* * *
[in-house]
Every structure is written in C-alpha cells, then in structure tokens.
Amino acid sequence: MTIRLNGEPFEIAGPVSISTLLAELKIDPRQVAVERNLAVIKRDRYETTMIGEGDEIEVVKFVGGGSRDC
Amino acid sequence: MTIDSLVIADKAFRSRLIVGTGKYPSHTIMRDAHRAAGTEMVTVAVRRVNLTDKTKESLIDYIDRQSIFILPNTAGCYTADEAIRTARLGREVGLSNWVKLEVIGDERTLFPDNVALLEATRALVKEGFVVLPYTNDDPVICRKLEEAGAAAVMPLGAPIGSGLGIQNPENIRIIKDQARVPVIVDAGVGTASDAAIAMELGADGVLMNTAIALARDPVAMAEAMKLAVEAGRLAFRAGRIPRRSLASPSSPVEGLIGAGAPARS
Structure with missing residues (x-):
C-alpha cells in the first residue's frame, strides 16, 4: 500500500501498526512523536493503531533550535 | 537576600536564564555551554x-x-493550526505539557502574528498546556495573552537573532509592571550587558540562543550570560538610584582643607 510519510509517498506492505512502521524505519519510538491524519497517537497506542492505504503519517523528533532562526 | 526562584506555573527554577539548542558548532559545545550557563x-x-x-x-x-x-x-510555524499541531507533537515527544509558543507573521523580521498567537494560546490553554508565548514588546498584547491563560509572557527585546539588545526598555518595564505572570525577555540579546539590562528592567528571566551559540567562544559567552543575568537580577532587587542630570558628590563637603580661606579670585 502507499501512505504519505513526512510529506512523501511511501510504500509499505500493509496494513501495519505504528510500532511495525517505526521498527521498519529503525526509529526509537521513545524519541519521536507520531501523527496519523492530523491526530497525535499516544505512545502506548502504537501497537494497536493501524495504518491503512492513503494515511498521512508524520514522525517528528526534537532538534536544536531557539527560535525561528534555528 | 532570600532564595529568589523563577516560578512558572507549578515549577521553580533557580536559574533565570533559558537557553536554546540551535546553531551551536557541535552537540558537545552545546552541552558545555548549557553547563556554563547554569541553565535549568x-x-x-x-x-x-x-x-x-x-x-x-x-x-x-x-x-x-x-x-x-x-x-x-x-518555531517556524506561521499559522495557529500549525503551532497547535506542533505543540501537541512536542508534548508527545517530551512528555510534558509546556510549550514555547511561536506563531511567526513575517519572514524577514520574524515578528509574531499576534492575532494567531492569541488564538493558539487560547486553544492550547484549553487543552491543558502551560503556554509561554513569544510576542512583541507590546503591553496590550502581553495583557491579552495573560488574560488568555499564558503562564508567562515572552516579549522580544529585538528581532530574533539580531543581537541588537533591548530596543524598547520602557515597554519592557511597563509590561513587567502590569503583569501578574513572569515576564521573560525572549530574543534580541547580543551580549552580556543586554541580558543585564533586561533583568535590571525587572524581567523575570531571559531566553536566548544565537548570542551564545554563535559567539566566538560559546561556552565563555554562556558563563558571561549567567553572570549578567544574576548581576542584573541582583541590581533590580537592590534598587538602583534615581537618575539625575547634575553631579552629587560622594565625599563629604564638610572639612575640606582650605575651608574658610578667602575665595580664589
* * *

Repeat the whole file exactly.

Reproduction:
[in-house]
Every structure is written in C-alpha cells, then in structure tokens.
Amino acid sequence: MTIRLNGEPFEIAGPVSISTLLAELKIDPRQVAVERNLAVIKRDRYETTMIGEGDEIEVVKFVGGGSRDC
Amino acid sequence: MTIDSLVIADKAFRSRLIVGTGKYPSHTIMRDAHRAAGTEMVTVAVRRVNLTDKTKESLIDYIDRQSIFILPNTAGCYTADEAIRTARLGREVGLSNWVKLEVIGDERTLFPDNVALLEATRALVKEGFVVLPYTNDDPVICRKLEEAGAAAVMPLGAPIGSGLGIQNPENIRIIKDQARVPVIVDAGVGTASDAAIAMELGADGVLMNTAIALARDPVAMAEAMKLAVEAGRLAFRAGRIPRRSLASPSSPVEGLIGAGAPARS
Structure with missing residues (x-):
C-alpha cells in the first residue's frame, strides 16, 4: 500500500501498526512523536493503531533550535 | 537576600536564564555551554x-x-493550526505539557502574528498546556495573552537573532509592571550587558540562543550570560538610584582643607 510519510509517498506492505512502521524505519519510538491524519497517537497506542492505504503519517523528533532562526 | 526562584506555573527554577539548542558548532559545545550557563x-x-x-x-x-x-x-510555524499541531507533537515527544509558543507573521523580521498567537494560546490553554508565548514588546498584547491563560509572557527585546539588545526598555518595564505572570525577555540579546539590562528592567528571566551559540567562544559567552543575568537580577532587587542630570558628590563637603580661606579670585 502507499501512505504519505513526512510529506512523501511511501510504500509499505500493509496494513501495519505504528510500532511495525517505526521498527521498519529503525526509529526509537521513545524519541519521536507520531501523527496519523492530523491526530497525535499516544505512545502506548502504537501497537494497536493501524495504518491503512492513503494515511498521512508524520514522525517528528526534537532538534536544536531557539527560535525561528534555528 | 532570600532564595529568589523563577516560578512558572507549578515549577521553580533557580536559574533565570533559558537557553536554546540551535546553531551551536557541535552537540558537545552545546552541552558545555548549557553547563556554563547554569541553565535549568x-x-x-x-x-x-x-x-x-x-x-x-x-x-x-x-x-x-x-x-x-x-x-x-x-518555531517556524506561521499559522495557529500549525503551532497547535506542533505543540501537541512536542508534548508527545517530551512528555510534558509546556510549550514555547511561536506563531511567526513575517519572514524577514520574524515578528509574531499576534492575532494567531492569541488564538493558539487560547486553544492550547484549553487543552491543558502551560503556554509561554513569544510576542512583541507590546503591553496590550502581553495583557491579552495573560488574560488568555499564558503562564508567562515572552516579549522580544529585538528581532530574533539580531543581537541588537533591548530596543524598547520602557515597554519592557511597563509590561513587567502590569503583569501578574513572569515576564521573560525572549530574543534580541547580543551580549552580556543586554541580558543585564533586561533583568535590571525587572524581567523575570531571559531566553536566548544565537548570542551564545554563535559567539566566538560559546561556552565563555554562556558563563558571561549567567553572570549578567544574576548581576542584573541582583541590581533590580537592590534598587538602583534615581537618575539625575547634575553631579552629587560622594565625599563629604564638610572639612575640606582650605575651608574658610578667602575665595580664589